Well, answer is straightforward – apples vs oranges. Somewhat I prefer Insomnia, though it is just a simplistic API client. But this is exactly what I normally need without additional features and Insomnia seems to be fulfilling my daily needs.
- Depending on against what environment you run your API calls you can define a variables and their values per environment e.g. lab/prod. (Left top corner). Templating relies on Nunjucks
variable values for Dev environment
- Allows to refer to results of different API calls e.g. Authorization Bearer token value – in the example below Fetch users requires Bearer token to be included in GET request hence it needs to perform first Authorization, obtain token and insert it into GET request:
Authorize URL looks as follows (IMPORTANT: never embed usernames, passwords in config files – rely on solutions like Hashicorp’s Vault, Azure KeyVault etc):
By peeking at results of the POST (Timeline) response from the server includes authorization Header that includes token value.
Subsequent Method can use the value just by manually copy pasting value of the header into authorization header of GET request:
Smarter solution is to define header in Header tab and use a function that will call POST Authorize method, grab the resulting authorization header value (Bearer token) and insert it into a header in the GET request. In value type CTRL+Space and look for function Response – Header:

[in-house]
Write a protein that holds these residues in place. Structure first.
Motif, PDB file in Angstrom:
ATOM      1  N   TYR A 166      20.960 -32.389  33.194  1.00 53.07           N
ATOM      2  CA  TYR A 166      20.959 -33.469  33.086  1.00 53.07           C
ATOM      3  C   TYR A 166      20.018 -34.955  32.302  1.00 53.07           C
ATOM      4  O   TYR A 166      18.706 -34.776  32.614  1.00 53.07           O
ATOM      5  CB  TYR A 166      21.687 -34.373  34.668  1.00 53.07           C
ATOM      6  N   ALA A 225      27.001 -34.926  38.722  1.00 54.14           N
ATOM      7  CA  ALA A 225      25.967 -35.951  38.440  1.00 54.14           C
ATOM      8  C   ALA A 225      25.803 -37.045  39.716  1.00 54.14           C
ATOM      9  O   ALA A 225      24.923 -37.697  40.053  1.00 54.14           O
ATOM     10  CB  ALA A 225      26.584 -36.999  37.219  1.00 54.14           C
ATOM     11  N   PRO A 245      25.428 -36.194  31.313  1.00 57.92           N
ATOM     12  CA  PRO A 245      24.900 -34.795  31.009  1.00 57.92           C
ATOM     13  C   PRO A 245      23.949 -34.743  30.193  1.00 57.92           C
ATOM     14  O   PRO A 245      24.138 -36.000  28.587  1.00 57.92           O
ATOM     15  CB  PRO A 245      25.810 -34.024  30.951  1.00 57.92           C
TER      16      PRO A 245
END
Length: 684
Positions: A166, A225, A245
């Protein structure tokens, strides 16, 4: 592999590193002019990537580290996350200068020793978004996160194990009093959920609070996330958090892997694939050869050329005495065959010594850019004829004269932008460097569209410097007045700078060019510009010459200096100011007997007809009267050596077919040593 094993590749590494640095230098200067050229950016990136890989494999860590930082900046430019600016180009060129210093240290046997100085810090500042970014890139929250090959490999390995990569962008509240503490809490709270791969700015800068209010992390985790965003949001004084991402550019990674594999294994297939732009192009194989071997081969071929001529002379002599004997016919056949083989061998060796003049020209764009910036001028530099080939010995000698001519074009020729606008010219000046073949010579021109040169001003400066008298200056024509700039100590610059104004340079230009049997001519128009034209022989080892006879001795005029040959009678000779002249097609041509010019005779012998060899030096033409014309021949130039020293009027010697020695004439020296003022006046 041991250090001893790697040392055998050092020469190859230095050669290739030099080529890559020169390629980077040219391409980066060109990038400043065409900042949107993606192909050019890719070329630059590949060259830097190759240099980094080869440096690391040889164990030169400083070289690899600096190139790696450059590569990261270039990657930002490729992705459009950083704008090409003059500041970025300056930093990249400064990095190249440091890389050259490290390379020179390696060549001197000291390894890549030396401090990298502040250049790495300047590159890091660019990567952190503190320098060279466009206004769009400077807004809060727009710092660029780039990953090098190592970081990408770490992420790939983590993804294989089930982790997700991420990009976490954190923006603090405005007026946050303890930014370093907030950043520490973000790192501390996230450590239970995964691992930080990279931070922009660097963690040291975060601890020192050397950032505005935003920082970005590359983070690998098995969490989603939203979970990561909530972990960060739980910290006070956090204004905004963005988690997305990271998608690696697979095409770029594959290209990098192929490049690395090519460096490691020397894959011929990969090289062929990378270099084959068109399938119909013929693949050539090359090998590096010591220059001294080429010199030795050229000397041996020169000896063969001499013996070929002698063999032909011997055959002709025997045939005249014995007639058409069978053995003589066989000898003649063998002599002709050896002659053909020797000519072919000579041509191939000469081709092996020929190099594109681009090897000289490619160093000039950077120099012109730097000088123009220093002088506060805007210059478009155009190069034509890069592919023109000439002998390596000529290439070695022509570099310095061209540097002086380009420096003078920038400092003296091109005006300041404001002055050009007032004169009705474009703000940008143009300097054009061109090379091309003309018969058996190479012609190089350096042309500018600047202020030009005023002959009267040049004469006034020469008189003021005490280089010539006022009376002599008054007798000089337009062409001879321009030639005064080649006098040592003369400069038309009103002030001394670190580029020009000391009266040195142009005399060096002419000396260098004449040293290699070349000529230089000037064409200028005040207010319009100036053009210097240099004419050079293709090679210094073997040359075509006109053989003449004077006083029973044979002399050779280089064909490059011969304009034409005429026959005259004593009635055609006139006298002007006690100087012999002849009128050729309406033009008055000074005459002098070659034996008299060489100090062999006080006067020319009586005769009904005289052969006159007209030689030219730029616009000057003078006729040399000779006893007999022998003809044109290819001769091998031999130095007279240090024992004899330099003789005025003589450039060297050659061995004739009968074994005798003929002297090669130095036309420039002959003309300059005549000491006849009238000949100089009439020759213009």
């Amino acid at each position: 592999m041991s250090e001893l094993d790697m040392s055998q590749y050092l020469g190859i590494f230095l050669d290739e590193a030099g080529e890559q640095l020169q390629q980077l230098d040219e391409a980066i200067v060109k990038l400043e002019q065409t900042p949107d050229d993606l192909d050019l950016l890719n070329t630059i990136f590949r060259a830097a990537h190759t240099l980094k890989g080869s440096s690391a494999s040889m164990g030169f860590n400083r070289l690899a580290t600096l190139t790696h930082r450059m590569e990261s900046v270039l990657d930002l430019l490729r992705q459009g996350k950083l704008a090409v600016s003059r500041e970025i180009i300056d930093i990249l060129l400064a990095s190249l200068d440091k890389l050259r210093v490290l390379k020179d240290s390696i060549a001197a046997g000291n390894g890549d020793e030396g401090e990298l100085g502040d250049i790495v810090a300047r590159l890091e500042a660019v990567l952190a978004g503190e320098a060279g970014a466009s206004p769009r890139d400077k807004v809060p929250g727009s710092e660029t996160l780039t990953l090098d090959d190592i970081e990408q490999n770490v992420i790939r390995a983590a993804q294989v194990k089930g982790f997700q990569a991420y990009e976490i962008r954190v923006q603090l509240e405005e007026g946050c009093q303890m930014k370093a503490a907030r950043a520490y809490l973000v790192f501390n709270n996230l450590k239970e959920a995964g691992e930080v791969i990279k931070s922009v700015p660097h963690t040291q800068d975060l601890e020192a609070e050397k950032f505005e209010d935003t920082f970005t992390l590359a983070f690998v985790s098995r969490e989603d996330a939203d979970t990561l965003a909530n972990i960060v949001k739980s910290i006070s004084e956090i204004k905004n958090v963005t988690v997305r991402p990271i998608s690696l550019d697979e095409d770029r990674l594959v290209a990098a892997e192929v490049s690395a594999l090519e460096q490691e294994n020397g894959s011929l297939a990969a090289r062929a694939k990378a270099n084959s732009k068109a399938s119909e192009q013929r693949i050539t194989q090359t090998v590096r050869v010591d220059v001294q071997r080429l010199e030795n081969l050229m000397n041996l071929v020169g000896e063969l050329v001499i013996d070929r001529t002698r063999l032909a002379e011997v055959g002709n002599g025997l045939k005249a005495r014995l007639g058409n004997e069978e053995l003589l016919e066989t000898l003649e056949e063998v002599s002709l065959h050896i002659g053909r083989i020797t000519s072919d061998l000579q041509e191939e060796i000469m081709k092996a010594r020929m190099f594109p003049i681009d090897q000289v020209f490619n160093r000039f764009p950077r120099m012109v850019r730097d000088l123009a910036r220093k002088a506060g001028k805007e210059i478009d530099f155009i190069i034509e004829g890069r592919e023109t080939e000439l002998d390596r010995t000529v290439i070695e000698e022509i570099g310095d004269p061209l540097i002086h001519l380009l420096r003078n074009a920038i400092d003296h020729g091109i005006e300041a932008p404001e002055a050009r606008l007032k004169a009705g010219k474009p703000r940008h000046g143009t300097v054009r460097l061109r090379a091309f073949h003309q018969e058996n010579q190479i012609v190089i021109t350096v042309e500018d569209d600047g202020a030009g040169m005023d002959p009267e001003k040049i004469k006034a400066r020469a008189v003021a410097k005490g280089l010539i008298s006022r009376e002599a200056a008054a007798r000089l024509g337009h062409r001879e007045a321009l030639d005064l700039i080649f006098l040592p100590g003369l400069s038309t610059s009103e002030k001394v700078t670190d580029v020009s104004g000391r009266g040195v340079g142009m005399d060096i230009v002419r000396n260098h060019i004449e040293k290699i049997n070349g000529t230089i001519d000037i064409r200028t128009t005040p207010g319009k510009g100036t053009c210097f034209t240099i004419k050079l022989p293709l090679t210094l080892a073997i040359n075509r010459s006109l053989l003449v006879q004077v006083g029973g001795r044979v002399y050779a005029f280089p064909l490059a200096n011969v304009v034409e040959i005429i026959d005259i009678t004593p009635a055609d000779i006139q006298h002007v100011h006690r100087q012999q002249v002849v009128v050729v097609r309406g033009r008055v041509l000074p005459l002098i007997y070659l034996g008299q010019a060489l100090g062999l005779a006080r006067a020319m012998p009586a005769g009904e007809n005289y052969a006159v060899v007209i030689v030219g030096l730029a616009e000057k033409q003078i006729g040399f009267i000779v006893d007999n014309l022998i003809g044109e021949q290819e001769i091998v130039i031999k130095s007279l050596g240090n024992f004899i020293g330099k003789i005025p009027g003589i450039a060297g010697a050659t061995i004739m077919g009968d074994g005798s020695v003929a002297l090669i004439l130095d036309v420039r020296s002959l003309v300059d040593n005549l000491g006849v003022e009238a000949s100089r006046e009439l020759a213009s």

Double click on red field and Edit tag window will pop up:
Now your requests will be using appropriate value for authorization header.
IMPORTANT: in order to have Edit tag pop up available you cannot enable (leave unticked) Raw template syntax as otherwise you’ll have manually craft in Nunjucks value of the header.
Looking for potential vulnerabilities in docker images is crucial before shipping these to customers or putting them into production. Scanning of images should be a part of any CI pipeline so that it’s ensured that shipped software is secured as possible and security vulnerabilities and CVEs are detected early in the process.
Docker engine comes in with
that runs on Snyk engine to detect CVEs and vulnerabilities. A result of the scan will show also potential remediations (e.g. use newer base image).
More details on: https://docs.docker.com/engine/scan/
Another solution is trivy from Aqua Security that serves a similar purpose https://github.com/aquasecurity/trivy. Running it after installation is as simple as
If you need to access your openstack cluster but there is no option to install packages on a jumpbox host that can access the cluster (lack of internet access or privileges) an alternative is to build locally a docker image that includes openstack CLI utility. Assumption is that the jumpbox host has docker installed and user can load docker images and run docker containers.
Firstly prepare a Dockerfile (based off python docker official images in this example):
RUN /usr/local/bin/python -m pip install --upgrade pip
RUN pip3 install python-openstackclient
RUN pip3 install python-heatclient`
#stackrc file used to access openstack cluster
RUN echo "$STACRC" >> /root/.bashrc
Build docker image and provide as an argument path to stackrc file that includes details on how to access the cluster (endpoint, passwords etc).
docker build -t ospclient -f dockerfile-ospclient --build-arg STACKRC="$(cat /home/user/stackrc)" .
After build is finished save docker image to tarball:
docker save ospclient > ospclient.tar
Copy tarball to a destination machine which can access openstack cluster and load docker image:
docker load < ospclient.tar
Run the container – you’ll and try listing e.g. servers
docker run -it ospclient
#inside the container
(overcloud) root@aed39c7006cd:/# openstack server list